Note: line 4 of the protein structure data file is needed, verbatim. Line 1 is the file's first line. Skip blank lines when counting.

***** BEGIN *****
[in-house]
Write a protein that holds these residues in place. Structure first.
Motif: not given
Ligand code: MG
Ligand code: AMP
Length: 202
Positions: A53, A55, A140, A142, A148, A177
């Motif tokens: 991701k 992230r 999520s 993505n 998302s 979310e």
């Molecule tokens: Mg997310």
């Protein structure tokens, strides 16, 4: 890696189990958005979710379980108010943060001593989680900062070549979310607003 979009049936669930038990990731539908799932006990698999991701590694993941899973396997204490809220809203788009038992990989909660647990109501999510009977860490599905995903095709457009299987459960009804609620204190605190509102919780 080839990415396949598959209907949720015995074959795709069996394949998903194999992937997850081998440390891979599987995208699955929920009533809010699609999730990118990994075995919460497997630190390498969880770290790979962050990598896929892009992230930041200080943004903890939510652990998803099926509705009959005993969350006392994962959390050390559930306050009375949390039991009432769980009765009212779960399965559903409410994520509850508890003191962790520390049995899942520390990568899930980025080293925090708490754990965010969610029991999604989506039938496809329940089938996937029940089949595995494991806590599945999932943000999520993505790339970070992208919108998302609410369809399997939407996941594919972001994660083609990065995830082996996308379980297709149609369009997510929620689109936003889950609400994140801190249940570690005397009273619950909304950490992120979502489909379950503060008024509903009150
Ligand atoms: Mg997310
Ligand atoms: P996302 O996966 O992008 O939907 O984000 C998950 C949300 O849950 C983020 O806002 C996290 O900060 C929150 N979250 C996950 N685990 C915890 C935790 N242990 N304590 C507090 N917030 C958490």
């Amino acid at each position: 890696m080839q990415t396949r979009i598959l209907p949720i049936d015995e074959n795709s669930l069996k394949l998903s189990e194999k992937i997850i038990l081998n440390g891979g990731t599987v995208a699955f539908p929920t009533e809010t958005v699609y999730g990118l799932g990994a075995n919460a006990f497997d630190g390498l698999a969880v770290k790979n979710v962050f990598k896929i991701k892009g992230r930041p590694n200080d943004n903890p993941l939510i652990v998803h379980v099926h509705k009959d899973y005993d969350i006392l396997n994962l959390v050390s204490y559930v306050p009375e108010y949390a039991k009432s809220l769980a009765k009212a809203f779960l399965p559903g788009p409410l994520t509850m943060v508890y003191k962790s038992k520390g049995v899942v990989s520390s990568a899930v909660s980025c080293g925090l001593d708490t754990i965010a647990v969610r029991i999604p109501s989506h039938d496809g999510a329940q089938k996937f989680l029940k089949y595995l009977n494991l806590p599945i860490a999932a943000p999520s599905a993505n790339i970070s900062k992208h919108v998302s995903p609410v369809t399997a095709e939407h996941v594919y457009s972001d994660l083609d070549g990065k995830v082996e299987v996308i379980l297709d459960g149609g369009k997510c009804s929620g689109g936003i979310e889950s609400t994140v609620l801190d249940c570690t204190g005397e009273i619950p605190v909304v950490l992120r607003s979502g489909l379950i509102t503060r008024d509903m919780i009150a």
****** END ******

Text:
Ligand code: MG